It’s honestly been such a learning process this semester. I feel like who I am as a journalist has grown in ways I could never have expected, in ways I never could have seen myself growing. I never saw myself as an investigative journalist before this semester, but it turns out that is where my heart lies. And while I have always been a multi-media journalist, I’ve been really enjoying how I can use words creatively to get the point across and get people’s attention. I do, however, want to start building in more multi-media reporting: infographics, short audio and video clips, maybe starting my own monthly podcast to explore this idea of journalism of color. I feel really excited for the journalism I have coming up and the opportunities I have the opportunity to pursue. I’m grateful for the chance to be this thing I always dreamt of. And even more grateful to see that who I am and what I do means something to people.

 

 

“The Road Since Then” (a SPN reference)

As some of you may know, I have been pursuing my PhD at Prescott College. As a child, I dreamt of being a journalist, but never felt like I would be successful at the traditional news organization for the most part. As a young adult and undergrad, I ended up pursuing community organizing.

Starting Backwards

While I had been doing traditional activism work for several years, and even work I did not know was community organizing at the time, it was not until 2009 that I began to understand community organizing, intersectionality, injustice, and resistance and liberation and emancipation.

At the time, my at-the-time new mentor had gotten me involved with an organization now known as Voices for Racial Justice (VRJ). For a year, I was the youngest in a class of 20. 20 experienced organizers and community leaders. I was not yet one of them. I was still cookie dough (yes that was a BtVS reference).

Within a few months of starting VRJ’s yearlong organizing training, I had started interning (not for credit or anything, but out of wanting to do journalism) for The UpTake, a nationally-recognized citizen journalism organization. By May, at the end of my 5-month internship, they had offered me a job as Community Manager, what I believe was their first paid staff position. I worked full-time for a year; I covered amazing stories (FBI raids on peace activist’s home, elections, and two legislative sessions, the introduction of the constitutional amendments to defeat gay marriage and require a Voter ID, and the beginning of the successful fights to beat those amendments. I produced a 15-hour of live TV for #GiveMN and was at the State Capitol every Friday morning at 6am to prep coverage. I developed an intern program for the organization and implemented it. I met with community leaders from across the Twin Cities day-in and day-out and worked to build relationships between our organization and theirs.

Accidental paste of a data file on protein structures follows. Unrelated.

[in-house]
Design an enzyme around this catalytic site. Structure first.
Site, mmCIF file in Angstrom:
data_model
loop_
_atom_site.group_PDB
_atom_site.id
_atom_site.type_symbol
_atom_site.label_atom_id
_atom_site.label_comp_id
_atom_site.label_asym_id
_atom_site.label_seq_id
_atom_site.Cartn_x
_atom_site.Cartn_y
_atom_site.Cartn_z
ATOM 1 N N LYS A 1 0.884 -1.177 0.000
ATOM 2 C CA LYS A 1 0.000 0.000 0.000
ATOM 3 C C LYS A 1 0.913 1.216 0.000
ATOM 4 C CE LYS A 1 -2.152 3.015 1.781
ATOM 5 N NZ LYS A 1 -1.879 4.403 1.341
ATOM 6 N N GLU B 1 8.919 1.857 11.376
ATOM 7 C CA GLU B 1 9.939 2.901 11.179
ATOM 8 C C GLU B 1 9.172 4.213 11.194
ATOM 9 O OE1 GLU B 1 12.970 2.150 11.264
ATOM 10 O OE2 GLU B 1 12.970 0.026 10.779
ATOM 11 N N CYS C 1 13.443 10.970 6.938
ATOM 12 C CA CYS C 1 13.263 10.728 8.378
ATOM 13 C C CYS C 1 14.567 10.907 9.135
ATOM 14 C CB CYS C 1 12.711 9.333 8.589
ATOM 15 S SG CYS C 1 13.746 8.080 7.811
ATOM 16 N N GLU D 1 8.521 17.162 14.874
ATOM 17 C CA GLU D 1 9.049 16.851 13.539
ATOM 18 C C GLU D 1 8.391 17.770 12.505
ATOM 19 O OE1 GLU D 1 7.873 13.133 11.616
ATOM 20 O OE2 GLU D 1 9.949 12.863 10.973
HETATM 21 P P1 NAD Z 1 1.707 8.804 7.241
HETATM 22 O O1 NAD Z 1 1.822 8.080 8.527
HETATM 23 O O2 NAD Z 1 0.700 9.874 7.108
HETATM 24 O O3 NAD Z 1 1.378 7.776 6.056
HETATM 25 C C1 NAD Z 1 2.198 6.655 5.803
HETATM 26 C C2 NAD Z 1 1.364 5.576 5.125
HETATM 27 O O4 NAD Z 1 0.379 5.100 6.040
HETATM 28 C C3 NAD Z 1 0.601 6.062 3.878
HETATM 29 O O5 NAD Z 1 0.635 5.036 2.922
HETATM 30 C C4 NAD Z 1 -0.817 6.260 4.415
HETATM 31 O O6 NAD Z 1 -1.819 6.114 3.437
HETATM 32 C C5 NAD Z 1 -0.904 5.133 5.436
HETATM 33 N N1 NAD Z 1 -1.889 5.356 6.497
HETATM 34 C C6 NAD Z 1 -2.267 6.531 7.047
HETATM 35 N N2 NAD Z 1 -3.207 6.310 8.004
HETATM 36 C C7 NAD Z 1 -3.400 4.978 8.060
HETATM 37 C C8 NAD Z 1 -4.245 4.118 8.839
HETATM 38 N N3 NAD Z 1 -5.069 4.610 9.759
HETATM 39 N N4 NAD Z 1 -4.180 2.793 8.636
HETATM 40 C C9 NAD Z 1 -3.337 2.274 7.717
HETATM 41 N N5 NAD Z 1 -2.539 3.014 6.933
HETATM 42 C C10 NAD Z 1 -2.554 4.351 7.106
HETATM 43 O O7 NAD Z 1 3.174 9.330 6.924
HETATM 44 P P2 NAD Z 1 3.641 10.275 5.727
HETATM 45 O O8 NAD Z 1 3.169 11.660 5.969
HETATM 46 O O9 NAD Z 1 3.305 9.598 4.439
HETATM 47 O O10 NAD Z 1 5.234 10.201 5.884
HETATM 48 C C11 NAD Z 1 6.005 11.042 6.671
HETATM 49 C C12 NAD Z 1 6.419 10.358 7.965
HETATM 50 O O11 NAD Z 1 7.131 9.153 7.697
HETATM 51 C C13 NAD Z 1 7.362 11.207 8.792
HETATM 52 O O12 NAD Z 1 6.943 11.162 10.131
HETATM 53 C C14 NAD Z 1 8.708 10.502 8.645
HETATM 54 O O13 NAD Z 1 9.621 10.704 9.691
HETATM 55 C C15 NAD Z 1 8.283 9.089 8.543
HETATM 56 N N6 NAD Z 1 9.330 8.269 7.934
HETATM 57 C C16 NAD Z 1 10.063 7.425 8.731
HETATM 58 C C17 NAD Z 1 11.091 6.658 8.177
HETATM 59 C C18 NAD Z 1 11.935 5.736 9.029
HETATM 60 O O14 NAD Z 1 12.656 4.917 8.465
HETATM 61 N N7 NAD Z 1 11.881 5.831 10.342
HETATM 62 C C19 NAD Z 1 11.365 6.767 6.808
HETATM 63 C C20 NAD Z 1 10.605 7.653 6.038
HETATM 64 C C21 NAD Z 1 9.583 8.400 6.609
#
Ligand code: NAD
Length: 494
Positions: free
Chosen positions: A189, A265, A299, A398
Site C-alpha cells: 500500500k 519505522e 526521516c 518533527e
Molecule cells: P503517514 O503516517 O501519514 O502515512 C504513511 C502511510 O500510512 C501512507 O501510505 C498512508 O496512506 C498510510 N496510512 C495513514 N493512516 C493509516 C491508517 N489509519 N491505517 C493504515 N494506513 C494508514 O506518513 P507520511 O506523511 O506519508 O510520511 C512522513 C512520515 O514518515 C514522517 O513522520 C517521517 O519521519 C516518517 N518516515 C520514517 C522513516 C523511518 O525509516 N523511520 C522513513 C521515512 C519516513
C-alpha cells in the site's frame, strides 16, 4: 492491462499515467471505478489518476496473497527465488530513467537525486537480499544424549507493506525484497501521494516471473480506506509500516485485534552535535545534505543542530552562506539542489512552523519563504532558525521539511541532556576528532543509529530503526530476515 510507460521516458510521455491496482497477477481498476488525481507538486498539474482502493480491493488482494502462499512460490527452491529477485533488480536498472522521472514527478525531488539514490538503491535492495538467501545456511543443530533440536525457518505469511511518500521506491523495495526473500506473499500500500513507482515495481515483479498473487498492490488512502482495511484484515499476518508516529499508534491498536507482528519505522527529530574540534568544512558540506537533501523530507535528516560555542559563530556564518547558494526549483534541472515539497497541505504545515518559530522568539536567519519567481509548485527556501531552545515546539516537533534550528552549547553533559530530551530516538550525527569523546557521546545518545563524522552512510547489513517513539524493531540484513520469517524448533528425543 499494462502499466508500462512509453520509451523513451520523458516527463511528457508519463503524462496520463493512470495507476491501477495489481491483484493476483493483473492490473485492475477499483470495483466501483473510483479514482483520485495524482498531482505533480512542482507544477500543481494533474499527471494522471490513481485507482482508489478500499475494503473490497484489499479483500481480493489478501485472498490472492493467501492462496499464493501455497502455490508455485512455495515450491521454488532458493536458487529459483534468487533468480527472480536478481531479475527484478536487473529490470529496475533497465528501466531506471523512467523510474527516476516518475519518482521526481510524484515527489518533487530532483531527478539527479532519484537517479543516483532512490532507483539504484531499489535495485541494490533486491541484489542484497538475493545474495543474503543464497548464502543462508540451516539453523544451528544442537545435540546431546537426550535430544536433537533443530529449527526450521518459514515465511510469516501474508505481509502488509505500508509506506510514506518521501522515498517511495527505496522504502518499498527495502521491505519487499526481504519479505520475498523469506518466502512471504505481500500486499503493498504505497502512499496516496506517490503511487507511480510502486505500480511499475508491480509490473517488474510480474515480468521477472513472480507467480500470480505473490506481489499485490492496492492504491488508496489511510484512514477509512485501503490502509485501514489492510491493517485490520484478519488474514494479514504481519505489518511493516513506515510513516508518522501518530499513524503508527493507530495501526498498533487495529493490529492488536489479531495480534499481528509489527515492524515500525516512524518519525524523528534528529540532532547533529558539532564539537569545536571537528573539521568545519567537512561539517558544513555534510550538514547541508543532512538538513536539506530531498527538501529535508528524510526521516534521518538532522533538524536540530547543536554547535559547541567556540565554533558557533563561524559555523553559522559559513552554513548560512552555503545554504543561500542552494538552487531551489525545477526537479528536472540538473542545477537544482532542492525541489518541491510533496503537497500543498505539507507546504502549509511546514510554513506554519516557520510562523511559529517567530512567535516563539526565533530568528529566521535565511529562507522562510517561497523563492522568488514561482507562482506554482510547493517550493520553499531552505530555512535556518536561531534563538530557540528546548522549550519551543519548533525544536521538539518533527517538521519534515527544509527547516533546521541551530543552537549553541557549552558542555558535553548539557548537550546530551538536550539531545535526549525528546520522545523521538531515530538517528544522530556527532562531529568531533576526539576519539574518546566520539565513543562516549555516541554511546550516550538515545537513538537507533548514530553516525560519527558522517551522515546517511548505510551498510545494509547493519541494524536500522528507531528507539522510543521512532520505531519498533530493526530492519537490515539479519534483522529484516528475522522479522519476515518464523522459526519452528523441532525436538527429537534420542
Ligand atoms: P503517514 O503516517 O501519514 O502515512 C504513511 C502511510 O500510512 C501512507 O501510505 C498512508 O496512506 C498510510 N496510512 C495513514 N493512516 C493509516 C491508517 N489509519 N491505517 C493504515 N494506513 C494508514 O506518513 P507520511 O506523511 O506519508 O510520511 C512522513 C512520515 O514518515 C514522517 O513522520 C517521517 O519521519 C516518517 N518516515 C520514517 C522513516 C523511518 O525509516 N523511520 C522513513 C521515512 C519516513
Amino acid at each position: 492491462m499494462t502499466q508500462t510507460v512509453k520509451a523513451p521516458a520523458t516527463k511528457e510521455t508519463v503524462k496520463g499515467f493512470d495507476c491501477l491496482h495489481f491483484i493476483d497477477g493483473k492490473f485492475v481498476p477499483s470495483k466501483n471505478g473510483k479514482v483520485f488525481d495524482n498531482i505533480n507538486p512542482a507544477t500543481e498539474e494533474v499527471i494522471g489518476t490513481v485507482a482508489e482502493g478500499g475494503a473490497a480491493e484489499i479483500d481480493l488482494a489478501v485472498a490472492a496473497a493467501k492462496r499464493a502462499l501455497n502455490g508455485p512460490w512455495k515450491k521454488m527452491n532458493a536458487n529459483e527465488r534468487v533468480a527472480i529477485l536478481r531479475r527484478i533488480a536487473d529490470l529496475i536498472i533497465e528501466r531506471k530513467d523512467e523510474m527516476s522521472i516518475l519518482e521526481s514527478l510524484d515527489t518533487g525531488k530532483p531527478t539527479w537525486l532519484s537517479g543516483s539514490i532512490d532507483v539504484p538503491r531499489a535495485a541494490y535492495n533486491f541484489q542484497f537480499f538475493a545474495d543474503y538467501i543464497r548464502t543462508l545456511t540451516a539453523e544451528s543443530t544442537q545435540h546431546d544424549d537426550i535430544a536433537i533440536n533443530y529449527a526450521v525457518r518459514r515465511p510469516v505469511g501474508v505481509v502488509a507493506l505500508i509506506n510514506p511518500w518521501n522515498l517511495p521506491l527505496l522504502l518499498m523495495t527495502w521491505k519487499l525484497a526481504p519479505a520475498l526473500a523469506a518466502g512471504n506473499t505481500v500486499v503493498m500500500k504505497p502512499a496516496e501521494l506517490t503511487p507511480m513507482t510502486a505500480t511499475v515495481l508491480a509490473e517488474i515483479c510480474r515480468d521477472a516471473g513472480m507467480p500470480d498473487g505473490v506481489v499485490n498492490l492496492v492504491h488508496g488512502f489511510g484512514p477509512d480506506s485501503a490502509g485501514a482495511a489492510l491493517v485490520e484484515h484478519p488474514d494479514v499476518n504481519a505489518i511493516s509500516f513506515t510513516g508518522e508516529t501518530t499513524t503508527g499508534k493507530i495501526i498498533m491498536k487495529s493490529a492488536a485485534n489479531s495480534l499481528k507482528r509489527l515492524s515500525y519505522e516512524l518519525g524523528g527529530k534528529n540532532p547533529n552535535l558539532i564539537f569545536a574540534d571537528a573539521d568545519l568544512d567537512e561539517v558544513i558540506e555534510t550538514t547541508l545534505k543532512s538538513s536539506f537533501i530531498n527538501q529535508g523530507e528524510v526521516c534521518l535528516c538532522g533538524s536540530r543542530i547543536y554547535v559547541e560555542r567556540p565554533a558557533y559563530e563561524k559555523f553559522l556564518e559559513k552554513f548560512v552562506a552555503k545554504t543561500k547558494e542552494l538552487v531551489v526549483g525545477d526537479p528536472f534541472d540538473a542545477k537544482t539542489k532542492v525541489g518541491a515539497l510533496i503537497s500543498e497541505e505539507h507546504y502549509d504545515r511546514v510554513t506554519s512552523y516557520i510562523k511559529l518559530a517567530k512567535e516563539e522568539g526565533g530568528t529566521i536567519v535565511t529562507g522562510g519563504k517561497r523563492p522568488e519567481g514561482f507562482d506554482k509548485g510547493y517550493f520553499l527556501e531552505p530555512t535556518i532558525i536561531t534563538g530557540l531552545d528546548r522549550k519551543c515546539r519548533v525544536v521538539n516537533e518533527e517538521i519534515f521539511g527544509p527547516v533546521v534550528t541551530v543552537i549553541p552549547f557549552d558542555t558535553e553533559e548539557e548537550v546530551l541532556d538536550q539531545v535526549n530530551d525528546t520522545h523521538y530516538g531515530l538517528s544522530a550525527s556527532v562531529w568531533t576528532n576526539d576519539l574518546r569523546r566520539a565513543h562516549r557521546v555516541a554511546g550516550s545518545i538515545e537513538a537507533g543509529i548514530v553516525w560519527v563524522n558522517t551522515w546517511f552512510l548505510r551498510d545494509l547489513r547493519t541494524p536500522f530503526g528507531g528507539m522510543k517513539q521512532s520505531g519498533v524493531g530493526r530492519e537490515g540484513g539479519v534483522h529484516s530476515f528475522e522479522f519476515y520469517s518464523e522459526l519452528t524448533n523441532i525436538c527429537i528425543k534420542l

By the end of all that, I was burnt out. I was tired. And organizing called to me. By the end of my position with The UpTake, a year after becoming a staffer, a peer-organizer-classmate and I had already launched a campaign taking on Sodexo at our undergrad, a campaign which took the better part of 18 months before we handed over the reigns to other students.

My master’s degree was in the Humanities with a concentration on Justice, Activism, and Solidarity. My focus was food systems organizing. Except, I was realizing I did not have a role as a community organizer in the Twin Cities. Organizing was something I would struggle with. I could build relationships and sustain them and understand why people organized, but I struggled to have the technical skill to make organizing a tool in my toolbox.

On my first day of orientation for Master’s program, I was connected with Ernesto Todd Mireles. Professor Mireles was and is an incredible organizer, he was also a trained journalist. And he was more than willing to invest in me. And, as two organizers with similar visions and backgrounds and commitments do, we built and sustained a very powerful relationship which allowed us to do some kick-butt work together.

When I first began looking at PhD programs, I was focused on food systems. Though I had freelanced, in the years after leaving The UpTake, and served as the Boardmember for an organization named the Twin Cities Daily Planet, I had sort of given up on the dream of being a journalist. As I did organizing work, I had pretty pigeonholed as the media & communications person. I worked the jobs, but I felt like a fraud and like a liar. My insides were made of journalism and they were rebelling against everything I was doing.

It was not until I escaped to Arizona, with nary a plan or a job or anything, that journalism became a thing for me again. I co-founded an organization named the Rizoma Community Media Collective, TA’d for every class Todd asked me to including an Introduction to Journalism course, started falling in love with journalism again. Suddenly the itch to do journalism could not and would not leave me.